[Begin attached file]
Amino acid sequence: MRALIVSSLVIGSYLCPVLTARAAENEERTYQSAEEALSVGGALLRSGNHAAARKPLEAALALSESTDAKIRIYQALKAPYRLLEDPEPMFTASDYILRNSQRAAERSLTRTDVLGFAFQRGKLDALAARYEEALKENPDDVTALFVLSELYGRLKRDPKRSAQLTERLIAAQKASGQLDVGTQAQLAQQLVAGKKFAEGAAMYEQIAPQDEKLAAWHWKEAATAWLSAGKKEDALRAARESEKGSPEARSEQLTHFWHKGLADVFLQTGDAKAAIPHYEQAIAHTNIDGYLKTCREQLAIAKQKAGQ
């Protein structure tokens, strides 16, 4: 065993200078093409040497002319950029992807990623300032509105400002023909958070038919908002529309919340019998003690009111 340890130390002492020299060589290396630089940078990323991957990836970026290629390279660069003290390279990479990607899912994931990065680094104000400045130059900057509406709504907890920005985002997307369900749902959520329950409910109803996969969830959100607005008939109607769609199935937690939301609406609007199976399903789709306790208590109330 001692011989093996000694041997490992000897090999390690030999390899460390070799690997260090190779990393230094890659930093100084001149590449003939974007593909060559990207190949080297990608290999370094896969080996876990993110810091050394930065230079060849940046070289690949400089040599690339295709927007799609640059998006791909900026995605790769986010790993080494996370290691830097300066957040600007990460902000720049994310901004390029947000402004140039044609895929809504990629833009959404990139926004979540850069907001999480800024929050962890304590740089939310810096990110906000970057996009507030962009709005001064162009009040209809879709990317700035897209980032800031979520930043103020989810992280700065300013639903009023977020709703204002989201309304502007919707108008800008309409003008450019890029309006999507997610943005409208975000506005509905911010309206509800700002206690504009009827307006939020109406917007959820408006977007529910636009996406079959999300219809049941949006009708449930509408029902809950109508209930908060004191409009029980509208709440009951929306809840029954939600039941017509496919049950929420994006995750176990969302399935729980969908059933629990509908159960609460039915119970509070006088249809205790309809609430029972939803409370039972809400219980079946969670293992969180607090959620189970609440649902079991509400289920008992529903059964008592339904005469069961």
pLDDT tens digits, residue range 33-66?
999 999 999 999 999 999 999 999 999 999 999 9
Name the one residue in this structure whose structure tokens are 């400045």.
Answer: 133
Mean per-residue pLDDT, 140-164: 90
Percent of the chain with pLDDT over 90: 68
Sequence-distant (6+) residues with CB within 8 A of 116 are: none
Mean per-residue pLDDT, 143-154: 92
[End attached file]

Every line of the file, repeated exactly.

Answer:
Amino acid sequence: MRALIVSSLVIGSYLCPVLTARAAENEERTYQSAEEALSVGGALLRSGNHAAARKPLEAALALSESTDAKIRIYQALKAPYRLLEDPEPMFTASDYILRNSQRAAERSLTRTDVLGFAFQRGKLDALAARYEEALKENPDDVTALFVLSELYGRLKRDPKRSAQLTERLIAAQKASGQLDVGTQAQLAQQLVAGKKFAEGAAMYEQIAPQDEKLAAWHWKEAATAWLSAGKKEDALRAARESEKGSPEARSEQLTHFWHKGLADVFLQTGDAKAAIPHYEQAIAHTNIDGYLKTCREQLAIAKQKAGQ
């Protein structure tokens, strides 16, 4: 065993200078093409040497002319950029992807990623300032509105400002023909958070038919908002529309919340019998003690009111 340890130390002492020299060589290396630089940078990323991957990836970026290629390279660069003290390279990479990607899912994931990065680094104000400045130059900057509406709504907890920005985002997307369900749902959520329950409910109803996969969830959100607005008939109607769609199935937690939301609406609007199976399903789709306790208590109330 001692011989093996000694041997490992000897090999390690030999390899460390070799690997260090190779990393230094890659930093100084001149590449003939974007593909060559990207190949080297990608290999370094896969080996876990993110810091050394930065230079060849940046070289690949400089040599690339295709927007799609640059998006791909900026995605790769986010790993080494996370290691830097300066957040600007990460902000720049994310901004390029947000402004140039044609895929809504990629833009959404990139926004979540850069907001999480800024929050962890304590740089939310810096990110906000970057996009507030962009709005001064162009009040209809879709990317700035897209980032800031979520930043103020989810992280700065300013639903009023977020709703204002989201309304502007919707108008800008309409003008450019890029309006999507997610943005409208975000506005509905911010309206509800700002206690504009009827307006939020109406917007959820408006977007529910636009996406079959999300219809049941949006009708449930509408029902809950109508209930908060004191409009029980509208709440009951929306809840029954939600039941017509496919049950929420994006995750176990969302399935729980969908059933629990509908159960609460039915119970509070006088249809205790309809609430029972939803409370039972809400219980079946969670293992969180607090959620189970609440649902079991509400289920008992529903059964008592339904005469069961």
pLDDT tens digits, residue range 33-66?
999 999 999 999 999 999 999 999 999 999 999 9
Name the one residue in this structure whose structure tokens are 């400045």.
Answer: 133
Mean per-residue pLDDT, 140-164: 90
Percent of the chain with pLDDT over 90: 68
Sequence-distant (6+) residues with CB within 8 A of 116 are: none
Mean per-residue pLDDT, 143-154: 92